Date of Award
Master of Science (MS)
Pigeon Point lies along the Sheyenne River in the west-central part of the Sheyenne Delta Aquifer, southeastern North Dakota. Groundwater discharges along a north-facing bluff at Pigeon Point and forms springs, seeps, and fens 'hosting atypical boreal species. The Nature Conservancy owns 231 ha at Pigeon Point, a tract that also includes the largest and least disturbed spring-fed stream in the region as well as some of the finest riparian forest in the state. In response to possible future groundwater diversion, the objectives of this study are: 1) to characterize the Sheyenne Delta Aquifer up-gradient from Pigeon Point, 2) to define the recharge capture zone for the springs and seeps, and 3) to estimate the wetland water budget.
Nineteen new and existing water table wells were used to map the configuration of the water table above Pigeon Point. The capture zone is about 3.5 km at its widest and extends southward with decreasing hydraulic gradient to an indeterminate distance. Flow net analysis indicates that 16,000 to 17,000 m3/day of water flow into the Pigeon Point area. Discharge occurs along nearly the entire length of the bluff (1.5 km) from a seepage face with up to 5 m of relief. These springs and seeps coalesce to form four surface water tributaries that were gauged for this study. Discharge to the streams accounts for 25 to 60% of groundwater flow estimated by flow net analysis, suggesting that groundwater movement through the terrace and evapotranspiration account for the remainder. Closure on the water budget is attained when measurement uncertainty is considered.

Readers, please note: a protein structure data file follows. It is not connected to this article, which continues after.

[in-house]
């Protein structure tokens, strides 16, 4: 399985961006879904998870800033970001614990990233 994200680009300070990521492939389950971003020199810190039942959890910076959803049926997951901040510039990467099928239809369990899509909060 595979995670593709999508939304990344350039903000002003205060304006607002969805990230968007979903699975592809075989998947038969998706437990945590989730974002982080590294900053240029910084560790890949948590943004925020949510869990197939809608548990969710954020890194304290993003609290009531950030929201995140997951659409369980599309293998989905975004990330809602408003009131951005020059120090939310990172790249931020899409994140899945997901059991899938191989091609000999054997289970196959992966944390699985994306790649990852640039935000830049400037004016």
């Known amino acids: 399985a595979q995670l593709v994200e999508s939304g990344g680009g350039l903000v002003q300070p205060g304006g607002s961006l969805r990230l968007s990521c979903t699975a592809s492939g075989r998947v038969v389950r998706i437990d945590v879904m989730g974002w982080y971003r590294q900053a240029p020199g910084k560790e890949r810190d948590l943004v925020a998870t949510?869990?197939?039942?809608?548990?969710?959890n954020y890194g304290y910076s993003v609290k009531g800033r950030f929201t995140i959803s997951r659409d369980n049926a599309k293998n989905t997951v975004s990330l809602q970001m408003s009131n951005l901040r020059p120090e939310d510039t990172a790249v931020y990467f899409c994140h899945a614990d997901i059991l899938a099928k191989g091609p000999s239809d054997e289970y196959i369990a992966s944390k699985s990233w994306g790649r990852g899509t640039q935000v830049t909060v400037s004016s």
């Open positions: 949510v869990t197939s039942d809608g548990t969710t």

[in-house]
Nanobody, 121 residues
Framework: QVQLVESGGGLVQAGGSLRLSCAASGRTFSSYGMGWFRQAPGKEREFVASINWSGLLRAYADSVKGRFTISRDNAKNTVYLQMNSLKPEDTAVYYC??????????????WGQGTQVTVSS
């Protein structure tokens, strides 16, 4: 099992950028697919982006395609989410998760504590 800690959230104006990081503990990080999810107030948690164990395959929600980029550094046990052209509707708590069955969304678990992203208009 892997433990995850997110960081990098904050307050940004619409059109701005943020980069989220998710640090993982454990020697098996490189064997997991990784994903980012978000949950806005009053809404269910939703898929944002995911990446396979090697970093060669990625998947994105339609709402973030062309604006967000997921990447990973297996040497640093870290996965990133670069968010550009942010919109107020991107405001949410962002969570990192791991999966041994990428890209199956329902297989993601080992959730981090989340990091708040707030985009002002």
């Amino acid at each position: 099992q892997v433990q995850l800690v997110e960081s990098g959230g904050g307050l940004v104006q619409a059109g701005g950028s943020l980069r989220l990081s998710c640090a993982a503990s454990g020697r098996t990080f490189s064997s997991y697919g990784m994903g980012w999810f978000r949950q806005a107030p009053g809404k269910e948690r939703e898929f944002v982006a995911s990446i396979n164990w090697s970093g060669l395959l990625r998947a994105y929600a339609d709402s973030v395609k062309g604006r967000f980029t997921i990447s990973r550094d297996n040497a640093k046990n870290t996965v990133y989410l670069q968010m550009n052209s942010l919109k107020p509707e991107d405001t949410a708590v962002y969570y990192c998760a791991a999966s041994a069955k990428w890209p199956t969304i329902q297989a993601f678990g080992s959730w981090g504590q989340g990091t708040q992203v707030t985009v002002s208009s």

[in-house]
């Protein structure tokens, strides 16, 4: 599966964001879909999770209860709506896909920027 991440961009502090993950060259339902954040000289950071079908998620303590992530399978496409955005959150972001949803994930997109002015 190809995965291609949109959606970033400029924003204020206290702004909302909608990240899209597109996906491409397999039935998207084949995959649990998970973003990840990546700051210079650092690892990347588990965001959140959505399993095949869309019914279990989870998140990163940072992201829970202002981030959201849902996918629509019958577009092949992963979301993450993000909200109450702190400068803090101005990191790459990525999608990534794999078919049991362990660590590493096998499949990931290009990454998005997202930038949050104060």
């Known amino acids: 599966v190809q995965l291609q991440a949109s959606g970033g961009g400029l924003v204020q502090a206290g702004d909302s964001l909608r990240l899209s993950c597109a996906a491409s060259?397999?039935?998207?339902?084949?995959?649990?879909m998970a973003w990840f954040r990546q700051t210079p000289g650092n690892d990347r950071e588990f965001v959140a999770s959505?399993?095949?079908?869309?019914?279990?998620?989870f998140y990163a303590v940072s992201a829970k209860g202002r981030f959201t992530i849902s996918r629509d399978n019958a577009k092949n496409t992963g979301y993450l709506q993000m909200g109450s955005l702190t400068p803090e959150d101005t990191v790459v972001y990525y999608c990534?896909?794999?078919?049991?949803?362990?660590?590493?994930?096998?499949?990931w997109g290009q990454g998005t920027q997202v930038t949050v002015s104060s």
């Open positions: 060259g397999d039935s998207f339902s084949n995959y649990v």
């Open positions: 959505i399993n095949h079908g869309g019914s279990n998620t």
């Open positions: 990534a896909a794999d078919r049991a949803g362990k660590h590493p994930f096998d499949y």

Askin, Corey W., "Hydrology of the springs, seeps, and fens at The Nature Conservancy's Pigeon Point Preserve, Ransom County, North Dakota" (2005). Theses and Dissertations. 9.